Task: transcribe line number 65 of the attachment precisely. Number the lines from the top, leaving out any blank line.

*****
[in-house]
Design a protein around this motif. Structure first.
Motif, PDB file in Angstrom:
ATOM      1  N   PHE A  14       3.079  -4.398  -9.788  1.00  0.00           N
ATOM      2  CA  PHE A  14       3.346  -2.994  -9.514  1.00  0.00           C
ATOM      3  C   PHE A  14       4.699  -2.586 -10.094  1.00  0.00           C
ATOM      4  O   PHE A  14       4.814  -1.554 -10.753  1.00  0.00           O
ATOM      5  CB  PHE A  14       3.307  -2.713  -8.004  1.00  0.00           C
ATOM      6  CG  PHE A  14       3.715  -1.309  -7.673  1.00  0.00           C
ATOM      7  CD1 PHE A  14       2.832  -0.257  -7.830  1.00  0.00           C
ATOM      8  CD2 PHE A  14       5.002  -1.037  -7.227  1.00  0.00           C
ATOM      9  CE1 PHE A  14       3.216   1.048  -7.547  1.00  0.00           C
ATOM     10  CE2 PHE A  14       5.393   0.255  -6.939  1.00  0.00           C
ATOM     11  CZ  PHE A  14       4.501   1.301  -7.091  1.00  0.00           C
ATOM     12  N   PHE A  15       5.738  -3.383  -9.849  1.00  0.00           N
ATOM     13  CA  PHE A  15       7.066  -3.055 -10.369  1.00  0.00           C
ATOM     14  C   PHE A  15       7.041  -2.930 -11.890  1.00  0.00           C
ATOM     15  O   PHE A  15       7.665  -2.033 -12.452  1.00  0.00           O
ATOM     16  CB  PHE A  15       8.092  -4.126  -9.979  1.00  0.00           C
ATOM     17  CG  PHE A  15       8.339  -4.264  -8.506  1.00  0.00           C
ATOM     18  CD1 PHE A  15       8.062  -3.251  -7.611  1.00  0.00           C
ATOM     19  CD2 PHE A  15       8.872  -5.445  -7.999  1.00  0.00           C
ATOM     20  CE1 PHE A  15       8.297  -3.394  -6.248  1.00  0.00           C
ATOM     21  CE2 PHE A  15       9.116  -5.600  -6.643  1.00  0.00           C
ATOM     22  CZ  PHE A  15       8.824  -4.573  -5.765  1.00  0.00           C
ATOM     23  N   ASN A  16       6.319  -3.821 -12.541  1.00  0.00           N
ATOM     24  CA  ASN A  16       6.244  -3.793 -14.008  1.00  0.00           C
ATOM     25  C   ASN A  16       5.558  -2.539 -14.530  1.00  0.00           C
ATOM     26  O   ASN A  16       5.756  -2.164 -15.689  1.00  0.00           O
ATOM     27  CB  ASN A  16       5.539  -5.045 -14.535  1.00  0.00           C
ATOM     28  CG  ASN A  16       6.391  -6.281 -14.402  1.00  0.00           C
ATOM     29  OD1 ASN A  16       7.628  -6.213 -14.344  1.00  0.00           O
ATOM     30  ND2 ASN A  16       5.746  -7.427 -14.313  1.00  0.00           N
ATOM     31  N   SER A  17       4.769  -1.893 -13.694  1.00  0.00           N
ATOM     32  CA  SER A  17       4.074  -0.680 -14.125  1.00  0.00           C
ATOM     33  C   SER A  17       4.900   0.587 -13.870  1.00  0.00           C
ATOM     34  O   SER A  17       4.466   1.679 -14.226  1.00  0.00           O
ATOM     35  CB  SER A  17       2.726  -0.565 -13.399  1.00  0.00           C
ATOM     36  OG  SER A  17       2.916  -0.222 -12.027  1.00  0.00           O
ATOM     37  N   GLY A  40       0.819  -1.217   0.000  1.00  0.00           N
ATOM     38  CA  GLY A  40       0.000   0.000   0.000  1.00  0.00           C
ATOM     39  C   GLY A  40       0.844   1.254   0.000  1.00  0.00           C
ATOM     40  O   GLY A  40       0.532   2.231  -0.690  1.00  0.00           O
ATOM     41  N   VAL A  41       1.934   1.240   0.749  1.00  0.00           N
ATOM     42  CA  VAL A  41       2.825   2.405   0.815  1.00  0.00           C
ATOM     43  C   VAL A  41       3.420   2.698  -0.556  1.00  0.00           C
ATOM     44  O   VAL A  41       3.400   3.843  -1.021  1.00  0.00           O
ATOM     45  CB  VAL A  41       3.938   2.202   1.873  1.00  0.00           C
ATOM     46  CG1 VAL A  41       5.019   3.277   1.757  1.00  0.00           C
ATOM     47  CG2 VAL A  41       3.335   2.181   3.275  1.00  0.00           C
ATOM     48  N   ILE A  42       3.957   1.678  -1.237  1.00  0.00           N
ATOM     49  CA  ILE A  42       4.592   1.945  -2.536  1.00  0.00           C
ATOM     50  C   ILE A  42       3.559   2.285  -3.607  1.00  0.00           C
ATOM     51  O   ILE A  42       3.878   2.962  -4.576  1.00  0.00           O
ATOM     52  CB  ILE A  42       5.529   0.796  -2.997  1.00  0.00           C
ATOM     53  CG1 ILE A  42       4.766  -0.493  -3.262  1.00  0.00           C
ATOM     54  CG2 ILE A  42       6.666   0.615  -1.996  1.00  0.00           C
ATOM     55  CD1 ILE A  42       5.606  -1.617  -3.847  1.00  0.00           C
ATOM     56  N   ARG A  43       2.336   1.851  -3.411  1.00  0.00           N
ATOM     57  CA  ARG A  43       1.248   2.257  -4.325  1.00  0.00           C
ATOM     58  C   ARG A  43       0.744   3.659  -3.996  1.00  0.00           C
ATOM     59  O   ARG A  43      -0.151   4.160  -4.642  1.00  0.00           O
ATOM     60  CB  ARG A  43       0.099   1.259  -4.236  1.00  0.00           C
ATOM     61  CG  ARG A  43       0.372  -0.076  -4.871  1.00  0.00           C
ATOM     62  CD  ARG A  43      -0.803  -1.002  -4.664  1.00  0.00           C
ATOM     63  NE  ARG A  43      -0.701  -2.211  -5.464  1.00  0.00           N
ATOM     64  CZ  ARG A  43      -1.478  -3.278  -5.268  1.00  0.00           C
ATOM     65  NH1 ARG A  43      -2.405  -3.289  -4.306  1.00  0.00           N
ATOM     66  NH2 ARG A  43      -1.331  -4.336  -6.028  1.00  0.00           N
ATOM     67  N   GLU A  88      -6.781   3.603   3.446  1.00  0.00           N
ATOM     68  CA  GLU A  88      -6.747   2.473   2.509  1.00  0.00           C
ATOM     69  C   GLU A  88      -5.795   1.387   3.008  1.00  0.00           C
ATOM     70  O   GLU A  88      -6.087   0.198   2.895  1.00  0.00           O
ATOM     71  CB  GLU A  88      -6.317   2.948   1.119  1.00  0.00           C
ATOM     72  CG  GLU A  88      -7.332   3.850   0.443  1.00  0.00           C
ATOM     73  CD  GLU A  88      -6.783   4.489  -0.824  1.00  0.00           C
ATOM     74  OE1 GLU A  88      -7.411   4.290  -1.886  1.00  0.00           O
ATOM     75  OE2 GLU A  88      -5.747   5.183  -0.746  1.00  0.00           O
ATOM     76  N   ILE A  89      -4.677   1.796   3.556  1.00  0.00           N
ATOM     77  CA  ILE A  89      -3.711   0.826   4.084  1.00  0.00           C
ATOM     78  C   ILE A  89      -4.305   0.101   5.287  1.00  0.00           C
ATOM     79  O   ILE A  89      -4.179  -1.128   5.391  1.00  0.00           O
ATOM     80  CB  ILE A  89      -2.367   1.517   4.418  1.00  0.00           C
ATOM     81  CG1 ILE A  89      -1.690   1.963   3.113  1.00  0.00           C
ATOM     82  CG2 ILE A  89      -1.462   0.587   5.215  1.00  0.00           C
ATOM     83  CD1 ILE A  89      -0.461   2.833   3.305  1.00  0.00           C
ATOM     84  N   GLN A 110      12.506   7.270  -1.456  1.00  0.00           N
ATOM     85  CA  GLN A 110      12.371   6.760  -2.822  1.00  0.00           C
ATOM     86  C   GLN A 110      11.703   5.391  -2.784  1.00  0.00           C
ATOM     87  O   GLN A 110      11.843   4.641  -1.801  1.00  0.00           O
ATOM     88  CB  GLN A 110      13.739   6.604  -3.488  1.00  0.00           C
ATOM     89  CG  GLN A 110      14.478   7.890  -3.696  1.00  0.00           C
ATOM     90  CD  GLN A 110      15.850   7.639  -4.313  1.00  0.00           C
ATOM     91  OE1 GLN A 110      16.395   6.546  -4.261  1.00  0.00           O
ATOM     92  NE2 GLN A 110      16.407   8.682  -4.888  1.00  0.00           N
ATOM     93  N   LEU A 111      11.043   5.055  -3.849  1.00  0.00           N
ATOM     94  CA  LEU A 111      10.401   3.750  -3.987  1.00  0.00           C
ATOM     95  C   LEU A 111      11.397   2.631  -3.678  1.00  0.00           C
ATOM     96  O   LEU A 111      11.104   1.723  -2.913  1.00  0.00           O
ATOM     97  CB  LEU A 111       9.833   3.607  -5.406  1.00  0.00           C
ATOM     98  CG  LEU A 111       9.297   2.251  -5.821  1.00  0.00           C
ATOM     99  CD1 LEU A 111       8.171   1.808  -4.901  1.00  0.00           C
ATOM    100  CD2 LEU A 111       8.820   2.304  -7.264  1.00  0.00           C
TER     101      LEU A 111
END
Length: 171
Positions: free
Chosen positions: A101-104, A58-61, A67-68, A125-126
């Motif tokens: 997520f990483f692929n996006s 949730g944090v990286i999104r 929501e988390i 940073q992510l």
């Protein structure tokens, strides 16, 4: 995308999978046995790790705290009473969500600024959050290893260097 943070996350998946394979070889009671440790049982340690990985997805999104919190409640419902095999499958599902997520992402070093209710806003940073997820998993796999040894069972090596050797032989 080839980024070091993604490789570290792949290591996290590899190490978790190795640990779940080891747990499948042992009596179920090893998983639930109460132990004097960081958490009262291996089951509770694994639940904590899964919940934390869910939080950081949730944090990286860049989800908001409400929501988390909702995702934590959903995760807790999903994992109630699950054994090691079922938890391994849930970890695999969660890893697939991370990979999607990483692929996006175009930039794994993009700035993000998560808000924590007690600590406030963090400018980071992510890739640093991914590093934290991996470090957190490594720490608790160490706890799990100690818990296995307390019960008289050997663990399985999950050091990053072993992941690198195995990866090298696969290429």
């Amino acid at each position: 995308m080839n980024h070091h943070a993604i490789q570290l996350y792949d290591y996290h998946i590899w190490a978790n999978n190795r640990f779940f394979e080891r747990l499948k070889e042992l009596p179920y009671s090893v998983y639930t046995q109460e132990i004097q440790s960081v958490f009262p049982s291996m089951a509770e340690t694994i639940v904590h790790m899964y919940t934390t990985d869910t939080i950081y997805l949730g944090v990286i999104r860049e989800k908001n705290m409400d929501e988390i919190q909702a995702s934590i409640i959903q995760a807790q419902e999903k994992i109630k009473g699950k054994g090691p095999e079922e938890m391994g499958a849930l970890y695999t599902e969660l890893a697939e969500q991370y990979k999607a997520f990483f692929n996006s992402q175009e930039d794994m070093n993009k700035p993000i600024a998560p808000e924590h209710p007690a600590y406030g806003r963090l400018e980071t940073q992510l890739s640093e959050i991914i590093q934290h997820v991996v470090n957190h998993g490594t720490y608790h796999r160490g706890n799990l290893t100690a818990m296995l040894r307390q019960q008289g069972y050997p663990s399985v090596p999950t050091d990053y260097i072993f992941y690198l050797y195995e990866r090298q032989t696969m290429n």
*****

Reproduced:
ATOM     62  CD  ARG A  43      -0.803  -1.002  -4.664  1.00  0.00           C